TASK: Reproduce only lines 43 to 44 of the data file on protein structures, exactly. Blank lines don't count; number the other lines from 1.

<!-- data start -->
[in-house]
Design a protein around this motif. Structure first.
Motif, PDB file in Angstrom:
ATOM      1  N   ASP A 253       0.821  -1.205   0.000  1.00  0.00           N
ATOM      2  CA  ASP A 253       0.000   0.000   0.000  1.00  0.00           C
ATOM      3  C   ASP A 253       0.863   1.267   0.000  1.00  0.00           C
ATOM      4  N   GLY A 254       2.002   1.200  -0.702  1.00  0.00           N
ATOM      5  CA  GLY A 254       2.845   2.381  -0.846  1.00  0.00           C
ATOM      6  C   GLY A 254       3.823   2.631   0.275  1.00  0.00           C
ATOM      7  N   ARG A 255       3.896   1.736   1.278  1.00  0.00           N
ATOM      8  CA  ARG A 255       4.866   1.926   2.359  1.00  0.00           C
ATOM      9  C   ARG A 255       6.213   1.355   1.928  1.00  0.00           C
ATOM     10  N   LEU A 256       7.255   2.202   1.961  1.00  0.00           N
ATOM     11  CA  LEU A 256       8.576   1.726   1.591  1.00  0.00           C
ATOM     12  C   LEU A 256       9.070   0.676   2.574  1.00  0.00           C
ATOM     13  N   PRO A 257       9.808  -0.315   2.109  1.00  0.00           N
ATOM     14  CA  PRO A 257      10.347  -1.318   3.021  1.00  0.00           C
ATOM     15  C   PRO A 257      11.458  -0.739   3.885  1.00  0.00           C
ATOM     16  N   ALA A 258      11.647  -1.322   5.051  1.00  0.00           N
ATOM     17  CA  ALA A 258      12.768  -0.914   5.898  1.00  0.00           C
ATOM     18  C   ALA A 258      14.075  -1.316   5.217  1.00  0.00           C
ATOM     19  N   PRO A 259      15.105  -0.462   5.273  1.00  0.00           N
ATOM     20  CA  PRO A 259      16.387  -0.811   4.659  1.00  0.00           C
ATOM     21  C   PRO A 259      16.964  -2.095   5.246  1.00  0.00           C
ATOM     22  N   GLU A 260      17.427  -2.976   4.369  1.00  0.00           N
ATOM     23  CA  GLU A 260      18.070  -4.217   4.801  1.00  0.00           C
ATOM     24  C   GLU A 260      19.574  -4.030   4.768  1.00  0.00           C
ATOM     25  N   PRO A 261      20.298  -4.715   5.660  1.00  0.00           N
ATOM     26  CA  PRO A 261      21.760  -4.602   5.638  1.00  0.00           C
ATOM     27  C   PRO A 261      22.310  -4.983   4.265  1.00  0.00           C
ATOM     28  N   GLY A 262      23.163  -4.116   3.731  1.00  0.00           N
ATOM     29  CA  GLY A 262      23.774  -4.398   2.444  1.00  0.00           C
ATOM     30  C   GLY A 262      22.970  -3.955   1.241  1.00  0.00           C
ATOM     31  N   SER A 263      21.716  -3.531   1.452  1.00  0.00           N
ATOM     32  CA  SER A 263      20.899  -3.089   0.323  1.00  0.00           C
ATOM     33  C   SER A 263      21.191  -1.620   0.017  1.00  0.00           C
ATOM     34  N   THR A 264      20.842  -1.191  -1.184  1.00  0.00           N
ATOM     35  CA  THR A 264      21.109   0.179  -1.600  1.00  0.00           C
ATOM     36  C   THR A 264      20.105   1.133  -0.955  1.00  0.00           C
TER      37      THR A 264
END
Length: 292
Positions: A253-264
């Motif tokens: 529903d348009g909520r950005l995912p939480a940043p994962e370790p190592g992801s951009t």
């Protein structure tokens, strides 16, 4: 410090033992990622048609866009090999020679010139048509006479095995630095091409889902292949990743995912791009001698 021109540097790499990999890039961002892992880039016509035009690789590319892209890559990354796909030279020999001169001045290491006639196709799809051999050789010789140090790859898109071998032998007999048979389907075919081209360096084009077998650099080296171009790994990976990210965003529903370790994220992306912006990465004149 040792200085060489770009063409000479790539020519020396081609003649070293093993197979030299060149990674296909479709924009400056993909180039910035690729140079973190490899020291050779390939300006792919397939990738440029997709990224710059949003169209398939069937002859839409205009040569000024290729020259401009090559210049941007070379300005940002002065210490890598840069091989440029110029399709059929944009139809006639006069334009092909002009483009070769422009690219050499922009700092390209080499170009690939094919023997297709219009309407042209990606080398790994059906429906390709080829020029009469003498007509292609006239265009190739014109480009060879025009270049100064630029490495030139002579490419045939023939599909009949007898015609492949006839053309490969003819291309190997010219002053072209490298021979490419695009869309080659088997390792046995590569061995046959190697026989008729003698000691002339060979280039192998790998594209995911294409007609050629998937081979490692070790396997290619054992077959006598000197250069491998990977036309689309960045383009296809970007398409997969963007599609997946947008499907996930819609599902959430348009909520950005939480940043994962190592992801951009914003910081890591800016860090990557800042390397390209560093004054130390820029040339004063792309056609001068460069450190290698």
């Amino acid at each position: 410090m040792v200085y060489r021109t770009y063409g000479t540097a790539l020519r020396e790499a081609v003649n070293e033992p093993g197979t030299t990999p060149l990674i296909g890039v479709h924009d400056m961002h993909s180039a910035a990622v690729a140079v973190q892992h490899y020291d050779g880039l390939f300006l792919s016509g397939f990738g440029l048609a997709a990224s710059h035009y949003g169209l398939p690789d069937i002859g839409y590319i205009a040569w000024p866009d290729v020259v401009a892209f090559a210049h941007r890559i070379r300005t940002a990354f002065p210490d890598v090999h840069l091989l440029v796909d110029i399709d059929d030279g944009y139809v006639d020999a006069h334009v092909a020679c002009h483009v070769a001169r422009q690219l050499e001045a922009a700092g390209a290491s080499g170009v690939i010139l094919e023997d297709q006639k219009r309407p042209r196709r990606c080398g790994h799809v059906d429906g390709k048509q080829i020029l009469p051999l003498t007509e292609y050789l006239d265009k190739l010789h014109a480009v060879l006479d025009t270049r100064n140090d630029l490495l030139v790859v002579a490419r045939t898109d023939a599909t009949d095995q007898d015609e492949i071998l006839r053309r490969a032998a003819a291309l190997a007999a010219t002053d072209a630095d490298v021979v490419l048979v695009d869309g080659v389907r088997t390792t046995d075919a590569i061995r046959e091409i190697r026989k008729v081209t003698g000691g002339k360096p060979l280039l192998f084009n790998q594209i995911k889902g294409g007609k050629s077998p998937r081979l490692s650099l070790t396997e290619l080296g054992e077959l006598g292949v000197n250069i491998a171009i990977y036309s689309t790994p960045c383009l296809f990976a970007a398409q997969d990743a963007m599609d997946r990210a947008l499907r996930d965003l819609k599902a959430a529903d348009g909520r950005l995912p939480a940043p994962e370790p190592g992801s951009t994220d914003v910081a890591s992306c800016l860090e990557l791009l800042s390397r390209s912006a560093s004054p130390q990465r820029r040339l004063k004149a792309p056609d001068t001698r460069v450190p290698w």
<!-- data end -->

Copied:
Positions: A253-264
């Motif tokens: 529903d348009g909520r950005l995912p939480a940043p994962e370790p190592g992801s951009t």